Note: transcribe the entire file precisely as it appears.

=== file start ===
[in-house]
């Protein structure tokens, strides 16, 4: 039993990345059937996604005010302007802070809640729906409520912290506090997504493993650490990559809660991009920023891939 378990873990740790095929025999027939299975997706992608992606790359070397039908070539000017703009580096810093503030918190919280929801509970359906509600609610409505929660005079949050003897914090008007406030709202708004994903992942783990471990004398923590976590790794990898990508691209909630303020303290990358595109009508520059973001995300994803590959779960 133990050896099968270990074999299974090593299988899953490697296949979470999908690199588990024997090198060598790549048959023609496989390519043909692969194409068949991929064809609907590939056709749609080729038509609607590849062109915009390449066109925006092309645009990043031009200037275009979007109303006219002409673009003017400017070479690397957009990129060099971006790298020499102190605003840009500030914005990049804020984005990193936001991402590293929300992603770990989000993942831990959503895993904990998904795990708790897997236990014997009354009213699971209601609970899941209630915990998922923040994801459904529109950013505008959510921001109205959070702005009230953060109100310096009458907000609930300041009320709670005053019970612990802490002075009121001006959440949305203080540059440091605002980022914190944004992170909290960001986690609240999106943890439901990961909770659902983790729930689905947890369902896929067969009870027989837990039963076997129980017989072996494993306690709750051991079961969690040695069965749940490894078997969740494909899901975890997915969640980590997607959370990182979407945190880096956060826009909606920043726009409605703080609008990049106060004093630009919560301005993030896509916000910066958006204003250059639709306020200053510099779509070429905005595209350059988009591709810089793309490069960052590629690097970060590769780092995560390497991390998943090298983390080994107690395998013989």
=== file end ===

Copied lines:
[in-house]
């Protein structure tokens, strides 16, 4: 039993990345059937996604005010302007802070809640729906409520912290506090997504493993650490990559809660991009920023891939 378990873990740790095929025999027939299975997706992608992606790359070397039908070539000017703009580096810093503030918190919280929801509970359906509600609610409505929660005079949050003897914090008007406030709202708004994903992942783990471990004398923590976590790794990898990508691209909630303020303290990358595109009508520059973001995300994803590959779960 133990050896099968270990074999299974090593299988899953490697296949979470999908690199588990024997090198060598790549048959023609496989390519043909692969194409068949991929064809609907590939056709749609080729038509609607590849062109915009390449066109925006092309645009990043031009200037275009979007109303006219002409673009003017400017070479690397957009990129060099971006790298020499102190605003840009500030914005990049804020984005990193936001991402590293929300992603770990989000993942831990959503895993904990998904795990708790897997236990014997009354009213699971209601609970899941209630915990998922923040994801459904529109950013505008959510921001109205959070702005009230953060109100310096009458907000609930300041009320709670005053019970612990802490002075009121001006959440949305203080540059440091605002980022914190944004992170909290960001986690609240999106943890439901990961909770659902983790729930689905947890369902896929067969009870027989837990039963076997129980017989072996494993306690709750051991079961969690040695069965749940490894078997969740494909899901975890997915969640980590997607959370990182979407945190880096956060826009909606920043726009409605703080609008990049106060004093630009919560301005993030896509916000910066958006204003250059639709306020200053510099779509070429905005595209350059988009591709810089793309490069960052590629690097970060590769780092995560390497991390998943090298983390080994107690395998013989």